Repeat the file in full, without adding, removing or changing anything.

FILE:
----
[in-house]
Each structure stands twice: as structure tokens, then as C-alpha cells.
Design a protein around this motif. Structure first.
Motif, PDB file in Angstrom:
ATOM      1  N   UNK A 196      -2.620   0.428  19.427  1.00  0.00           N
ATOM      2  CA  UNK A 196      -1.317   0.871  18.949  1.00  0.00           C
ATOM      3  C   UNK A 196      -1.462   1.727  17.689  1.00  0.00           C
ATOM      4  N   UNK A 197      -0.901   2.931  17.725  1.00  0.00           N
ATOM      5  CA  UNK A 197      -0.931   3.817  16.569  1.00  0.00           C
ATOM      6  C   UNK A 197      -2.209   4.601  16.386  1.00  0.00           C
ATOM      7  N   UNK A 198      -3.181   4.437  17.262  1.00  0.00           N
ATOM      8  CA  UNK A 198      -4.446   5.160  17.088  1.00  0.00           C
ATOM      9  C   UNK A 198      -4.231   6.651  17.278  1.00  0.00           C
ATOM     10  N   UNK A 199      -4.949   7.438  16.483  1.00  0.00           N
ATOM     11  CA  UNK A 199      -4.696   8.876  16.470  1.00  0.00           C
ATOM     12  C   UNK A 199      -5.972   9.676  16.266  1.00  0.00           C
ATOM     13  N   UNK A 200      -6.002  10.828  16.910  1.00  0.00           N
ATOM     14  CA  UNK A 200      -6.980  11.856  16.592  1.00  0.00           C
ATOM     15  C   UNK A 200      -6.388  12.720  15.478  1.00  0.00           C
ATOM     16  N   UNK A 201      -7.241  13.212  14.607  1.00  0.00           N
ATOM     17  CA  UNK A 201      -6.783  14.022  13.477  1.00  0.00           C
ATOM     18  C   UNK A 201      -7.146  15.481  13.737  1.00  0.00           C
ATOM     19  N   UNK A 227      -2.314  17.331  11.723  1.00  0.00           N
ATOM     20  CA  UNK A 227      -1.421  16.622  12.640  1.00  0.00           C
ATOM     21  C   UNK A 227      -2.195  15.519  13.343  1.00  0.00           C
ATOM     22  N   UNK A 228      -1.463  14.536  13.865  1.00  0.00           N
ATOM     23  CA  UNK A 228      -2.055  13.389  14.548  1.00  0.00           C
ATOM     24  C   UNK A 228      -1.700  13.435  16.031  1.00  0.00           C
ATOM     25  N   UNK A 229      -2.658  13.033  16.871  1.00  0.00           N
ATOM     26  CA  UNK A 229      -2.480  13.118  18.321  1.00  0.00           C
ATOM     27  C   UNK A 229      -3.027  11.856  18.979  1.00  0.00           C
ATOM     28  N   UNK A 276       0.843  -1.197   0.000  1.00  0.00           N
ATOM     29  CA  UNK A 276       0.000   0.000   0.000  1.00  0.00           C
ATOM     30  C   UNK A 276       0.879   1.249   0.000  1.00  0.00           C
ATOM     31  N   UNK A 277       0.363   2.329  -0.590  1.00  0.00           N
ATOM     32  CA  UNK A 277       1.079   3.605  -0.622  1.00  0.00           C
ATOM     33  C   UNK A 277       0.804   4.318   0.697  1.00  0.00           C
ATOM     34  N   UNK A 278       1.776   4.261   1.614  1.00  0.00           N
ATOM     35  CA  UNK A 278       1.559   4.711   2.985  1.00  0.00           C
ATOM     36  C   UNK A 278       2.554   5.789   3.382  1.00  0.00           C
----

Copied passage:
[in-house]
Each structure stands twice: as structure tokens, then as C-alpha cells.
Design a protein around this motif. Structure first.
Motif, PDB file in Angstrom:
ATOM      1  N   UNK A 196      -2.620   0.428  19.427  1.00  0.00           N
ATOM      2  CA  UNK A 196      -1.317   0.871  18.949  1.00  0.00           C
ATOM      3  C   UNK A 196      -1.462   1.727  17.689  1.00  0.00           C
ATOM      4  N   UNK A 197      -0.901   2.931  17.725  1.00  0.00           N
ATOM      5  CA  UNK A 197      -0.931   3.817  16.569  1.00  0.00           C
ATOM      6  C   UNK A 197      -2.209   4.601  16.386  1.00  0.00           C
ATOM      7  N   UNK A 198      -3.181   4.437  17.262  1.00  0.00           N
ATOM      8  CA  UNK A 198      -4.446   5.160  17.088  1.00  0.00           C
ATOM      9  C   UNK A 198      -4.231   6.651  17.278  1.00  0.00           C
ATOM     10  N   UNK A 199      -4.949   7.438  16.483  1.00  0.00           N
ATOM     11  CA  UNK A 199      -4.696   8.876  16.470  1.00  0.00           C
ATOM     12  C   UNK A 199      -5.972   9.676  16.266  1.00  0.00           C
ATOM     13  N   UNK A 200      -6.002  10.828  16.910  1.00  0.00           N
ATOM     14  CA  UNK A 200      -6.980  11.856  16.592  1.00  0.00           C
ATOM     15  C   UNK A 200      -6.388  12.720  15.478  1.00  0.00           C
ATOM     16  N   UNK A 201      -7.241  13.212  14.607  1.00  0.00           N
ATOM     17  CA  UNK A 201      -6.783  14.022  13.477  1.00  0.00           C
ATOM     18  C   UNK A 201      -7.146  15.481  13.737  1.00  0.00           C
ATOM     19  N   UNK A 227      -2.314  17.331  11.723  1.00  0.00           N
ATOM     20  CA  UNK A 227      -1.421  16.622  12.640  1.00  0.00           C
ATOM     21  C   UNK A 227      -2.195  15.519  13.343  1.00  0.00           C
ATOM     22  N   UNK A 228      -1.463  14.536  13.865  1.00  0.00           N
ATOM     23  CA  UNK A 228      -2.055  13.389  14.548  1.00  0.00           C
ATOM     24  C   UNK A 228      -1.700  13.435  16.031  1.00  0.00           C
ATOM     25  N   UNK A 229      -2.658  13.033  16.871  1.00  0.00           N
ATOM     26  CA  UNK A 229      -2.480  13.118  18.321  1.00  0.00           C
ATOM     27  C   UNK A 229      -3.027  11.856  18.979  1.00  0.00           C
ATOM     28  N   UNK A 276       0.843  -1.197   0.000  1.00  0.00           N
ATOM     29  CA  UNK A 276       0.000   0.000   0.000  1.00  0.00           C
ATOM     30  C   UNK A 276       0.879   1.249   0.000  1.00  0.00           C
ATOM     31  N   UNK A 277       0.363   2.329  -0.590  1.00  0.00           N
ATOM     32  CA  UNK A 277       1.079   3.605  -0.622  1.00  0.00           C
ATOM     33  C   UNK A 277       0.804   4.318   0.697  1.00  0.00           C
ATOM     34  N   UNK A 278       1.776   4.261   1.614  1.00  0.00           N
ATOM     35  CA  UNK A 278       1.559   4.711   2.985  1.00  0.00           C
ATOM     36  C   UNK A 278       2.554   5.789   3.382  1.00  0.00           C